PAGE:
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Teaching about online safety

Through a literature review of research into common elements of successful educational interventions, the report identifies 11 key principles of effective practice in education. These principles will help education professionals to deliver high-quality online safety education as part of their broader PSHE programmes.

The NSPCC has updated its website to include online safety advice and resources for schools and colleges. The webpage includes: links to resources to teach children and young people the skills to stay safe online; resources and advice to share with parents and carers; and guides and example documents on how to safeguard against and respond to an online safety incident which can be used to develop policies and procedures.

NEW Fake news and critical thinking – resources and information for schools

Primary resources

Google and Parent Zone have collaborated on a new Key Stage 2 teaching resource on internet safety. The Be Internet Legends resource has received the PSHE Association Quality Mark and is free for all KS2 teachers to order.

Containing lesson plans, support materials, worksheets, poster and stickers, these curriculum packs will encourage discussion and exploration of issues such as appropriate behaviour, critical thinking and risk-spotting. These resources aim to make young people safer and more confident explorers of the online world and help teachers get across important messages with age-appropriate activities, tips and discussion points.
Trust Me: The London Grid for Learning and ChildNet International have developed resources for primary and secondary schools addressing the development of critical thinking when looking at online materials. The lessons could be used within PSHE/Citizenship and support schools in teaching the skills necessary to recognise online extremism and propaganda.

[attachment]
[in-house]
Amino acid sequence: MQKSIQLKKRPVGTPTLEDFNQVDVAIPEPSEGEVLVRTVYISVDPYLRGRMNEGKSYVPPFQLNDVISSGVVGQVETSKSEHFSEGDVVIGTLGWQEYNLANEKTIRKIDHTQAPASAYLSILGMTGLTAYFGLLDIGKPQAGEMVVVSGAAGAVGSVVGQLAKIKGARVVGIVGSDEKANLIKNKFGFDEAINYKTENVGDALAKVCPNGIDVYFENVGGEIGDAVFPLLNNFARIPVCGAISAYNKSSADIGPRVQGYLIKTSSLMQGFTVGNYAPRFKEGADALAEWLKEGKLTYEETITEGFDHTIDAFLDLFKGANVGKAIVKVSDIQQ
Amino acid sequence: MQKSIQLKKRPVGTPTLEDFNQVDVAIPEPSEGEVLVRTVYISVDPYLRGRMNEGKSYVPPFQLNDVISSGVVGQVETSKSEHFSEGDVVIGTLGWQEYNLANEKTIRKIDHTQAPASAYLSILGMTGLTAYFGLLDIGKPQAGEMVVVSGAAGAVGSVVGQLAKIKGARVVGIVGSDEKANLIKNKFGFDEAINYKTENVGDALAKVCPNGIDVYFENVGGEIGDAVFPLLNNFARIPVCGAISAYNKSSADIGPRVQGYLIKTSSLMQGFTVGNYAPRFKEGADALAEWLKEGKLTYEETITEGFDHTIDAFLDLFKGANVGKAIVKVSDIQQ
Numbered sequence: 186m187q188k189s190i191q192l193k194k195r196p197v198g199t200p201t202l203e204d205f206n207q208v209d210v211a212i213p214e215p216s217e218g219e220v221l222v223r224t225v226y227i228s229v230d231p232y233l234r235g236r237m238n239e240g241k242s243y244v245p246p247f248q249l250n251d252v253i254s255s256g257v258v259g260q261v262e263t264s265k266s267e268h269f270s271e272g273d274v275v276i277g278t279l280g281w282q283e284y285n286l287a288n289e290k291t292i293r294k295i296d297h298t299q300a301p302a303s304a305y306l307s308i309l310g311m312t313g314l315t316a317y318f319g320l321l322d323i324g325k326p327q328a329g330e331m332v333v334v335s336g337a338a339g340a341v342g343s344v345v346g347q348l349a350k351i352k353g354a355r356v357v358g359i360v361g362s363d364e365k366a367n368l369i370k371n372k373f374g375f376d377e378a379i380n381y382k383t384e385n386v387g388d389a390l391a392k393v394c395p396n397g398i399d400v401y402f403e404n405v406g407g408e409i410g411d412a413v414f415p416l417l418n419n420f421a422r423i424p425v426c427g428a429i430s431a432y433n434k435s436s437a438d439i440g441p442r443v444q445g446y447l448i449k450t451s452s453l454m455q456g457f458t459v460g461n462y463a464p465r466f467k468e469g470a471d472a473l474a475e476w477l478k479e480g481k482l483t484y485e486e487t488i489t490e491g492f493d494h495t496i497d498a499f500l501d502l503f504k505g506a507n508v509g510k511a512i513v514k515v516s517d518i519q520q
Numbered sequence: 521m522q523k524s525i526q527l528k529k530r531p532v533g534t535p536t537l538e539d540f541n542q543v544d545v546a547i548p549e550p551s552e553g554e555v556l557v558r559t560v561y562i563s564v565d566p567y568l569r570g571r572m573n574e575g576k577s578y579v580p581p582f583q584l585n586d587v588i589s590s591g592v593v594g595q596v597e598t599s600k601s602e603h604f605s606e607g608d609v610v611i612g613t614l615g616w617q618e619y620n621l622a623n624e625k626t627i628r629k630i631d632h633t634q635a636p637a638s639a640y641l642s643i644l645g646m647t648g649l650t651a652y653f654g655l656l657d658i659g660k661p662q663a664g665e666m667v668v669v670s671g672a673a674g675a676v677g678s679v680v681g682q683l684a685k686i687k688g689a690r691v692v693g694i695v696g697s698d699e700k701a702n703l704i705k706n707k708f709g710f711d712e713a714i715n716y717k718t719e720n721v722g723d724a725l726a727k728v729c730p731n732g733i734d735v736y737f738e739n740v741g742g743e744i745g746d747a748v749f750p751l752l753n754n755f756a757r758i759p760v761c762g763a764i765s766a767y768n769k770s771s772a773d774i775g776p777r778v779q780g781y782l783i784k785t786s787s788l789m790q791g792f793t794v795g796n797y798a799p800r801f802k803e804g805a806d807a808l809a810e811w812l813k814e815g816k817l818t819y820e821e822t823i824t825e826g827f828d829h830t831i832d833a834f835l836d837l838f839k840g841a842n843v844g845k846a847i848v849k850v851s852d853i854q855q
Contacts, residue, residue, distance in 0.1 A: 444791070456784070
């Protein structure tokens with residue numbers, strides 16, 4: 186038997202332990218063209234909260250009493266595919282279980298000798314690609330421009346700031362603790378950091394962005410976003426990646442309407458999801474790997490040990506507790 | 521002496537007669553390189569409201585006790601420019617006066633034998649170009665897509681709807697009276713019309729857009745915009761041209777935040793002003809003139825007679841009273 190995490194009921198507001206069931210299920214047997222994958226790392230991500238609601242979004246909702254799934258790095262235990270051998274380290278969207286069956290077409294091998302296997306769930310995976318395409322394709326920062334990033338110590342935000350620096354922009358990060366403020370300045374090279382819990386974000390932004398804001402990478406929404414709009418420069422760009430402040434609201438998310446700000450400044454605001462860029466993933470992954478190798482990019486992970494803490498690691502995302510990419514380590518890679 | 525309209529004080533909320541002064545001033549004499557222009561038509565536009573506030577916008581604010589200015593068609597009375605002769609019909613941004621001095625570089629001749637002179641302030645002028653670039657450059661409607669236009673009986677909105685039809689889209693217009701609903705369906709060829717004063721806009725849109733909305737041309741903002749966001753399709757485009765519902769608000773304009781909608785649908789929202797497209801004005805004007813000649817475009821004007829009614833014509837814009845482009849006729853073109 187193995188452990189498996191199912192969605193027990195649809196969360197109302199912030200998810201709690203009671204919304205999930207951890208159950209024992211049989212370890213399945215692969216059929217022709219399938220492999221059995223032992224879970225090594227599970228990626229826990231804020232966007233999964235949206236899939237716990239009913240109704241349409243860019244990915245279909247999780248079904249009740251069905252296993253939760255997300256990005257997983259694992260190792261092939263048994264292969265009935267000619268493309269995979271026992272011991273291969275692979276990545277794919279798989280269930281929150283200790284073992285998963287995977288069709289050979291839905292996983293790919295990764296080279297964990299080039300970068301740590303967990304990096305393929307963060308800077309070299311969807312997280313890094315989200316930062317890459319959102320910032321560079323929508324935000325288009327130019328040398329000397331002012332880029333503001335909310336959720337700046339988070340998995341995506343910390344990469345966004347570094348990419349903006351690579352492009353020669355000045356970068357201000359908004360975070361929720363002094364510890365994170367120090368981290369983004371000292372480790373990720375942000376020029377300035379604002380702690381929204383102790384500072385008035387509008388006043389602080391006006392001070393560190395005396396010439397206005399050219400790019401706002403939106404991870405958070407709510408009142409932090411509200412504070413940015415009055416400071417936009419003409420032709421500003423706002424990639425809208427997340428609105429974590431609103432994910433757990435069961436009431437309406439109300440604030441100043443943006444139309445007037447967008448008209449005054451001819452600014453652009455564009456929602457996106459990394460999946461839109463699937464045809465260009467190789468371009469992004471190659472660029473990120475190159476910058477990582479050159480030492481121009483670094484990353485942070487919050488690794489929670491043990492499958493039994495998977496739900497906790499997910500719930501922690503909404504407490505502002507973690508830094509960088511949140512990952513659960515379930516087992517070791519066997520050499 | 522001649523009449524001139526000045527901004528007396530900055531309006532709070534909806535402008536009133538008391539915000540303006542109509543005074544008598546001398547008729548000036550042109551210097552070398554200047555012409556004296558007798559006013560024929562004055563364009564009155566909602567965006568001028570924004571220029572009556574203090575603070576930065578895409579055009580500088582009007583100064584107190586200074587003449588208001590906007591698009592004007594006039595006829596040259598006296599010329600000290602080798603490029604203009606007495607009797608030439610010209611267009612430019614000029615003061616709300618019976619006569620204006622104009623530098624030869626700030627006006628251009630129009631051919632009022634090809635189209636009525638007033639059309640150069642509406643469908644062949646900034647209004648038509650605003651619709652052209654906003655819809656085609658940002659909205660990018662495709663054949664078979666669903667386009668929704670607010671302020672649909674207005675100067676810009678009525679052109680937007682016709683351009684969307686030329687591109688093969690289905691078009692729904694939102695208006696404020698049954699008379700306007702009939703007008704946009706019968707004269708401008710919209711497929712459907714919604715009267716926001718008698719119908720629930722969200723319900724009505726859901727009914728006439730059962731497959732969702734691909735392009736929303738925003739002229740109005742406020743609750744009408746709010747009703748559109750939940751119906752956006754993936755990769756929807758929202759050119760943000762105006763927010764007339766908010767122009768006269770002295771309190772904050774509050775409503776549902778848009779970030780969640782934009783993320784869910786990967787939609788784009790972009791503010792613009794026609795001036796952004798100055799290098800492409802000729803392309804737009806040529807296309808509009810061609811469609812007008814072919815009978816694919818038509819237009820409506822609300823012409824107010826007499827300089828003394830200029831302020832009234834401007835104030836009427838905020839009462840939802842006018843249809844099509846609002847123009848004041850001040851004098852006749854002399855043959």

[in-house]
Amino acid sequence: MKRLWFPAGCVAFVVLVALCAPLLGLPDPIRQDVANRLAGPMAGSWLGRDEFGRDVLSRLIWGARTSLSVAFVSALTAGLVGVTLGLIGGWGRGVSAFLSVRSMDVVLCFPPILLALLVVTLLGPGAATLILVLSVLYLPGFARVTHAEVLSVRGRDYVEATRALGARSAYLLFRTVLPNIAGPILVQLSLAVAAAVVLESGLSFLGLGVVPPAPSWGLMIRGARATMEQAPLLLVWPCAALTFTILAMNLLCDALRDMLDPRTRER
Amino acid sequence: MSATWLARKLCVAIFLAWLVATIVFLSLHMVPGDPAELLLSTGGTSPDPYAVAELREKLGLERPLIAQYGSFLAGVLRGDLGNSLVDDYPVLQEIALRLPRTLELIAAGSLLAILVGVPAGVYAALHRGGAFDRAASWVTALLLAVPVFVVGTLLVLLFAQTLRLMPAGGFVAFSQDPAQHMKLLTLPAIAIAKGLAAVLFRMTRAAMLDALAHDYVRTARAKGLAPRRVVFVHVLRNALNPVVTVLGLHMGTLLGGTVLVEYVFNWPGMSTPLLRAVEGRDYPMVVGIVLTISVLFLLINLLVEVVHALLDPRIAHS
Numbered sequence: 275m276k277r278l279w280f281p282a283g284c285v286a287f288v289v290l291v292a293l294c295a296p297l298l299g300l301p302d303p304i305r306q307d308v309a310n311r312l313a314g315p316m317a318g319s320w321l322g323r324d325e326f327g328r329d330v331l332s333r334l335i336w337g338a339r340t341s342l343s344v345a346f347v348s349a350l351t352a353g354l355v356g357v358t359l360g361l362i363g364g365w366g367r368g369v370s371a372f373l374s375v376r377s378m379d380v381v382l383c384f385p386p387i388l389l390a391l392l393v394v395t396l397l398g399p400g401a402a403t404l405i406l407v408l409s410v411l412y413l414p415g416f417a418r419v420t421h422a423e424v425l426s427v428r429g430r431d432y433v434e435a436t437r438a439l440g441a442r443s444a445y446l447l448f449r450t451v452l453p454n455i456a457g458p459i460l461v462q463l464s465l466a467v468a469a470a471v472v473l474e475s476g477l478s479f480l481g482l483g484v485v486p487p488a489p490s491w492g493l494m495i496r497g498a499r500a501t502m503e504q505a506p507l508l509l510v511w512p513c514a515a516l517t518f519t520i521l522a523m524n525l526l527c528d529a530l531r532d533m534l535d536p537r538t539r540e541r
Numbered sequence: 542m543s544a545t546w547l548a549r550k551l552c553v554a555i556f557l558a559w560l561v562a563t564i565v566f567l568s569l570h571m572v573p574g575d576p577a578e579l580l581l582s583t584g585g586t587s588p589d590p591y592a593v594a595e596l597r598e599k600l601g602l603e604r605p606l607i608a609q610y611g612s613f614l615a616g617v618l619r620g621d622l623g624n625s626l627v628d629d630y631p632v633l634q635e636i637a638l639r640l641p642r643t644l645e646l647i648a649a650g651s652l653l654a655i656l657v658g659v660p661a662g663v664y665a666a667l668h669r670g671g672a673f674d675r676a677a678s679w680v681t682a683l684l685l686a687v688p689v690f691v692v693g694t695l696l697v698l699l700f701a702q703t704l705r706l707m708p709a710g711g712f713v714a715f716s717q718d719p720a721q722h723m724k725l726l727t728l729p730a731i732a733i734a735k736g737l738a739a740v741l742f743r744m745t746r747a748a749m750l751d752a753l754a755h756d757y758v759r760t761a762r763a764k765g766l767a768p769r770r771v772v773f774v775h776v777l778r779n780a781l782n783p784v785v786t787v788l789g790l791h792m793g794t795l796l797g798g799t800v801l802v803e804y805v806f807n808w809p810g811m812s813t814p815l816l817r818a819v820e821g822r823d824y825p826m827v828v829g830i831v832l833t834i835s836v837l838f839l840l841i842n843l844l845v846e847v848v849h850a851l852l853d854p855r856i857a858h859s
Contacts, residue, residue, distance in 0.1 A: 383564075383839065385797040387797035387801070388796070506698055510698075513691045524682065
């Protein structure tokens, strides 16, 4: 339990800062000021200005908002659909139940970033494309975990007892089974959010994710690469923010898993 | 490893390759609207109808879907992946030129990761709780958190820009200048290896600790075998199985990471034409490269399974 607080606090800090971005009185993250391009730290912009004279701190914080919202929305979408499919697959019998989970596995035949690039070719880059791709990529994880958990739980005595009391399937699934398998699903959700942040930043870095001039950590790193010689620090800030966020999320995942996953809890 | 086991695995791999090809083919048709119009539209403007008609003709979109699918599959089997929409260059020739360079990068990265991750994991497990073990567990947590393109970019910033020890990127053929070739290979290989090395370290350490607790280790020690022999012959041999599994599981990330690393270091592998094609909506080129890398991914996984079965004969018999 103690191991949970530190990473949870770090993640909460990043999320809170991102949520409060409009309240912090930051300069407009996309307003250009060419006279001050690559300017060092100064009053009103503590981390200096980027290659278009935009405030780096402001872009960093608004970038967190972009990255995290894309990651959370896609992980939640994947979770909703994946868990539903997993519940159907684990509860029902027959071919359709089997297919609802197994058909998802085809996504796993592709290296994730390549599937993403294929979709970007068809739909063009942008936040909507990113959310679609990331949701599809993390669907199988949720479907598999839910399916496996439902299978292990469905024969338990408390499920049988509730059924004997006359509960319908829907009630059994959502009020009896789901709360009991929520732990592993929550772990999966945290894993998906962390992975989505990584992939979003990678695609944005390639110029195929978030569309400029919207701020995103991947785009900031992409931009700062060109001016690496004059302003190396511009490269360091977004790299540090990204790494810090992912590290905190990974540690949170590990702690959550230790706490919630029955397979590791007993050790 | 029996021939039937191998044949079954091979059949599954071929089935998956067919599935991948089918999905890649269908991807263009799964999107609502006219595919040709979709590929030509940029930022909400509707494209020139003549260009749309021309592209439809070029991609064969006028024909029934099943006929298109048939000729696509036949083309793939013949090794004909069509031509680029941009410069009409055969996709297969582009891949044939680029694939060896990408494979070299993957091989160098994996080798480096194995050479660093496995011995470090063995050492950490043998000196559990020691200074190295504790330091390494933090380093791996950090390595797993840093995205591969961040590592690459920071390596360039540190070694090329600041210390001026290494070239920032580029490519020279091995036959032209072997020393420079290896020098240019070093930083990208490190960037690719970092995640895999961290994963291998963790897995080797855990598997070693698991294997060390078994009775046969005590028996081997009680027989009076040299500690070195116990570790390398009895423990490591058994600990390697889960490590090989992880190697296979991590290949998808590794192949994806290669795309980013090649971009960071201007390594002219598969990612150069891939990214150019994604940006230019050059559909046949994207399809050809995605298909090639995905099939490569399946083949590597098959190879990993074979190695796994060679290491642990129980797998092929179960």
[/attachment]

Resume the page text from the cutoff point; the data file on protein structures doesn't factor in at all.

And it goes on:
Secondary resources

Crossing the Line Toolkit: This toolkit is comprised of four films and accompanying lesson plans which explore the idea of ‘Crossing the line’. The purpose of this toolkit is to help educators generate discussion among young people about their online experience. Using the short films as a spring board, the toolkit covers relevant topics such as cyberbullying, sexting, peer pressure and self-esteem.

Digital Awareness UK and the Girl’s Day School Trust have developed resources to help teachers develop their pupils’ understanding of online safety – both physical safety and emotional wellbeing . Live My Digital is a series of 6 films for parents and 6 films for students on the following topics: Cyberbullying; The digital footprint; Identity and self-esteem; Relationships and grooming; Security and privacy; and Sexting.

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